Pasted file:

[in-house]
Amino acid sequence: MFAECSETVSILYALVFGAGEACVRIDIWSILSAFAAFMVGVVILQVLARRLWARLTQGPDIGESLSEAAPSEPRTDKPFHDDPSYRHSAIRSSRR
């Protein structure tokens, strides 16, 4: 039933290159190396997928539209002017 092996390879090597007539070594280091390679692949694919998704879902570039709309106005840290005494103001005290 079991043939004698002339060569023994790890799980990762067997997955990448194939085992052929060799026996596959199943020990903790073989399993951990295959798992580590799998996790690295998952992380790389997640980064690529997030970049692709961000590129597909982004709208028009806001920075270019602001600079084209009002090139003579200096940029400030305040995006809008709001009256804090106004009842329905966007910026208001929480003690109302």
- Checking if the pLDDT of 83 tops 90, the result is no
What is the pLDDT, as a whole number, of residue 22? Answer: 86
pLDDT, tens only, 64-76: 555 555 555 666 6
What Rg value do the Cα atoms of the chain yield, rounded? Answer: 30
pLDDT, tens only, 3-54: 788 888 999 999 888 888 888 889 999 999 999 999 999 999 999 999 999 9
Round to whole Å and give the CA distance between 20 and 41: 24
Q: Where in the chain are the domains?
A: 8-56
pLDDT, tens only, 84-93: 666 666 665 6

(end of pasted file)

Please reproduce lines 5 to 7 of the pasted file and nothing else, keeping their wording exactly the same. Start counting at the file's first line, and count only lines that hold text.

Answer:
What is the pLDDT, as a whole number, of residue 22? Answer: 86
pLDDT, tens only, 64-76: 555 555 555 666 6
What Rg value do the Cα atoms of the chain yield, rounded? Answer: 30